2017 - At least 6 JC guys and I know he brought in a handful of transfers as well. His last couple classes have been heavy with high school recruits but he brought in a bunch of upper classmen to play in 2017 and 2018 which is why they graduated a ton of players off of last year's offense.
    He made a conscious decision to try to win right away and he turned that into the top 25 class for 2019. PJ is taking a more circuitous route and arguments can be made for that but nationally in terms of hype and recruiting Brohmís approach paid off more early. Will it hold true going forward? MN looks ready to compete for the west. This is going to be fun (I hope).

  8. #68

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    Quote Originally Posted by John Galt View Post
    Thanks for pulling this together. Fleck's numbers are significantly higher if transfers (grad and regular) are included - which they should be as they are serving the same purpose as a Juco - plug holes and get better quickly.

    So Fleck has taken 11 Jucos and transfers in 3 years for an average of 3.7/class.
    Kill took 12 in 5 years for an average of 2.4/class.
    Claeys was the highest in his one season with 5.

    So Fleck has averaged more than 1 Juco/transfer per year than Kill did. Yet Kill has the reputation of dipping heavily into the Juco ranks, and PJ is viewed as someone who spurns them.
    And for all we know PJ would rather not go the JUCO route a lot but ... like all good coach's he is pragmatic.

  9. #69

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    Quote Originally Posted by STPGopher View Post
    Yes kind of. This actually goes back to Mason. Kill and Mason had some similiarities. Both loved to coach, and both knew that if you play "fundamentals" football, you will win more than you lose. Even if at a SLIGHT talent deficit. I agree that part of it was who Kill and Claeys could bring in. The other part is they REALLY loved being teaching coaches. This is my opinion of course, but I think it is true. IMHO Confidence in teaching ability and the ability to spot a football player, no matter how raw, kind of influenced how they recruited. When you look at the progression of the program, and the players that were there in that era, you could see the growth.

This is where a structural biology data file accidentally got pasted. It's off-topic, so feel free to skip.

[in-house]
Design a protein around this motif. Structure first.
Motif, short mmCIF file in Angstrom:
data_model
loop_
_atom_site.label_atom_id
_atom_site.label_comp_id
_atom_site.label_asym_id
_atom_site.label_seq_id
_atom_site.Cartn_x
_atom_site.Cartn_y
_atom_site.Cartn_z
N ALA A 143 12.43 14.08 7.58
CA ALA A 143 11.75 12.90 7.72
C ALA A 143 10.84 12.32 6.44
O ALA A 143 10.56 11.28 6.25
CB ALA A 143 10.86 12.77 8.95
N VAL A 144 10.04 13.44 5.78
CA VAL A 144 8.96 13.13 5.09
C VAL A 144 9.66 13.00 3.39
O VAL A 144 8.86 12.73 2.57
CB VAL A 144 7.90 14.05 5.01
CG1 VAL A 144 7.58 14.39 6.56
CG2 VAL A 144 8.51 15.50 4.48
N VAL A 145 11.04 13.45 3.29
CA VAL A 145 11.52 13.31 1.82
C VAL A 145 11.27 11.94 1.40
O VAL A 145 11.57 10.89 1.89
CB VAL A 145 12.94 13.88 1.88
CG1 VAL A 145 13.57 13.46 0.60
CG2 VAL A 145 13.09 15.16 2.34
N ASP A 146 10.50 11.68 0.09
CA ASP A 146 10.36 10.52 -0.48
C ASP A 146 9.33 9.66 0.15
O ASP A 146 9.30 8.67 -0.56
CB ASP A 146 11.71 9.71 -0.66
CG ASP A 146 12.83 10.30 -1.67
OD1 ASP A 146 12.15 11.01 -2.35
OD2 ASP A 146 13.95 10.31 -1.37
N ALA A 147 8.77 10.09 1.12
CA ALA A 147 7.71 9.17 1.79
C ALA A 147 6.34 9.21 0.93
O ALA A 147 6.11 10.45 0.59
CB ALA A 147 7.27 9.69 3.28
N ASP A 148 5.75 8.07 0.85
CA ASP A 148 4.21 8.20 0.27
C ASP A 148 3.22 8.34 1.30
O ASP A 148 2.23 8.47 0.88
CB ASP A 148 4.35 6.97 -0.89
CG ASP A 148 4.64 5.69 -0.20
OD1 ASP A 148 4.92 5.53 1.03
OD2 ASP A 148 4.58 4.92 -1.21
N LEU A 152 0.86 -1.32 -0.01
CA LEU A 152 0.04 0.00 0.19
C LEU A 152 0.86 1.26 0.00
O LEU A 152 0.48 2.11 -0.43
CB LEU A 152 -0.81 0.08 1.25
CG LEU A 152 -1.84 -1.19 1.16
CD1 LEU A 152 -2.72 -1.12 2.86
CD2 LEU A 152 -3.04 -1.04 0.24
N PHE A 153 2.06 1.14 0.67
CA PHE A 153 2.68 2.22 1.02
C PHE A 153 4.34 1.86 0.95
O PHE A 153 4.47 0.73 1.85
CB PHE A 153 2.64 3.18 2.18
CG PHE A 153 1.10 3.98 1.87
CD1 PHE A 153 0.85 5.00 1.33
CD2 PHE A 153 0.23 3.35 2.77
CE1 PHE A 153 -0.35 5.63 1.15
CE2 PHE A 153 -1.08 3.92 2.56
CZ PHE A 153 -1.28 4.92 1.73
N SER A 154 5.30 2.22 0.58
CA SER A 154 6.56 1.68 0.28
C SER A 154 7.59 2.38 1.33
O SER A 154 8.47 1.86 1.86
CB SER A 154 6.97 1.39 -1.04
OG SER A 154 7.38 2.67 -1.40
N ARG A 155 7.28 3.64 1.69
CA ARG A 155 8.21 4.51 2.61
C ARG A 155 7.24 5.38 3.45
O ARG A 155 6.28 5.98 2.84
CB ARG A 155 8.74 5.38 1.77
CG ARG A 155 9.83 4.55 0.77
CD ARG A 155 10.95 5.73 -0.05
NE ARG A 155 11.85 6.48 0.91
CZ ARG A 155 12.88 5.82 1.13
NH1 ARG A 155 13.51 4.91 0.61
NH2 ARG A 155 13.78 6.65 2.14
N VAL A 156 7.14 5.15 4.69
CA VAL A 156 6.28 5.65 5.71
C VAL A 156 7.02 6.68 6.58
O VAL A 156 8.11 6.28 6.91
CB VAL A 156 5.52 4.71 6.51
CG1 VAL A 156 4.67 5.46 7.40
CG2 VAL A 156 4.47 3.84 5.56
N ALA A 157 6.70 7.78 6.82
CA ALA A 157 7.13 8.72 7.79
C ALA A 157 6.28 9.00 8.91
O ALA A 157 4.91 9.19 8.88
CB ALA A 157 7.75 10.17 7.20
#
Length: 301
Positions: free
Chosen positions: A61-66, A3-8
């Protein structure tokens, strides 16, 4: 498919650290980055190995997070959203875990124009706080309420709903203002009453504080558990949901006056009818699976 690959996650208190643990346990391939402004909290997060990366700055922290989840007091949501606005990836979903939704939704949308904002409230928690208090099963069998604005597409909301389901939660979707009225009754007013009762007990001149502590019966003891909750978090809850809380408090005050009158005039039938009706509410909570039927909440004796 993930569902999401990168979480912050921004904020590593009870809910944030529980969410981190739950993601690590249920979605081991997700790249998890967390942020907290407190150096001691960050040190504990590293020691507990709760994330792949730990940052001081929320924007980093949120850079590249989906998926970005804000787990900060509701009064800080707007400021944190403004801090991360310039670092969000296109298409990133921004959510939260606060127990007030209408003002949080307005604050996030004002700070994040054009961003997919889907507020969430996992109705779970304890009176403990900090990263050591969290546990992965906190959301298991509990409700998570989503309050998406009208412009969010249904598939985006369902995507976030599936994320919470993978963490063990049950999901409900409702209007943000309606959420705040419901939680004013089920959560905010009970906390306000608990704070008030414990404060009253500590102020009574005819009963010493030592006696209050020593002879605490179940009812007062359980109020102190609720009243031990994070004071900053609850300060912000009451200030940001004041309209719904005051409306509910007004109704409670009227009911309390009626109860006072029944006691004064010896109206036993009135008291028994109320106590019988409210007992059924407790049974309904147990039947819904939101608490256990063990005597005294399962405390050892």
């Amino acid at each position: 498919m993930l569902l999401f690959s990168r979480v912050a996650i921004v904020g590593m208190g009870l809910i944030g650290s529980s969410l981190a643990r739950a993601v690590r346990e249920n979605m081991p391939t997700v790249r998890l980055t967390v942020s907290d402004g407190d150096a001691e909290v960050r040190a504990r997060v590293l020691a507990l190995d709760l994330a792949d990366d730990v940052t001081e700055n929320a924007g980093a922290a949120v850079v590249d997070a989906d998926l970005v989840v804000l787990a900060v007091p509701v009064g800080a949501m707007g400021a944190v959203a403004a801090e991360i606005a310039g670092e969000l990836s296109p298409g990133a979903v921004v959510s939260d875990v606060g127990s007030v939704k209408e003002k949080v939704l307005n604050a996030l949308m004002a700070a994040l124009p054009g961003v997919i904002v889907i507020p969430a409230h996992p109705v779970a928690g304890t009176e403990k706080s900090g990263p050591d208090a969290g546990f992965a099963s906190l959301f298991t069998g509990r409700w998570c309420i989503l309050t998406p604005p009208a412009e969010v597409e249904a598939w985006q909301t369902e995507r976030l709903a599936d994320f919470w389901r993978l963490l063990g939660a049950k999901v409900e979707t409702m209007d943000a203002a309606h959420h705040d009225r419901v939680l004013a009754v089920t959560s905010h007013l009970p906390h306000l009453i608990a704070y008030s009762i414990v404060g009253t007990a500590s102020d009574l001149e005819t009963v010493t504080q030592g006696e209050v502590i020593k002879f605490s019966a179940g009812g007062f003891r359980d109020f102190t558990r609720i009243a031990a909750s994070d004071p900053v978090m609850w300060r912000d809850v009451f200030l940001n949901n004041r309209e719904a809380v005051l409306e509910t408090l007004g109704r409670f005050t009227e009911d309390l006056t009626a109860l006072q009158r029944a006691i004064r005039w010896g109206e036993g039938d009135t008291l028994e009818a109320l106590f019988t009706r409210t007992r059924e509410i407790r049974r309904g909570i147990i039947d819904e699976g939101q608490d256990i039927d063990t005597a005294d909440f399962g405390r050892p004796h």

Same with Fleck's program to a degree. What I like about Fleck is he has networked in/ surrounded himself with personnel that are strong where he is "weak".

    The state of the program is strong! and getting stronger.
    You are spot on with Mason and Kill being very similar in terms of a lot of things and especially recruiting. Both were strong on one side of the ball (Offense for Mason, Defense for Kill) and knew how to identify guys that fit their mold on that side of the ball. At the same time both really struggled to find the same consistent success on the other side of the ball.

    Kill and Mason also shared very similar recruiting philosophies. They didn't want to go to war with the helmet schools (or even other BIG schools a lot of the time) for players and instead chose to focus their efforts on the next tier/under the radar guys. They were good at finding those players who might be a bit undersized or a step slow but were still very good football players that fit their mold. It was the kind of recruiting that makes you a good team but also makes it really hard to become a great team.

    Fleck is willing to pursue some of those higher level recruits and go to war with other schools in the BIG for players. He is very similar to Brewster in this way with the obvious difference being that Fleck has a vision for his program whereas Brewster was learning on the job and had no clue what he was doing or any business even being a head coach at a power 5 school.

  10. #70

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    Quote Originally Posted by Pompous Elitist View Post
    He made a conscious decision to try to win right away and he turned that into the top 25 class for 2019. PJ is taking a more circuitous route and arguments can be made for that but nationally in terms of hype and recruiting Brohm’s approach paid off more early. Will it hold true going forward? MN looks ready to compete for the west. This is going to be fun (I hope).
    Yep...there really is no way to predict the West right now because there are a bunch of teams that all look like they could have a shot at winning it this season. Could easily see this being one of those years where no team in the division has a great record because they all beat up on each other. Hopefully the Gophers can find a way to end up on top when the dust settles.

  11. #71
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    Quote Originally Posted by John Galt View Post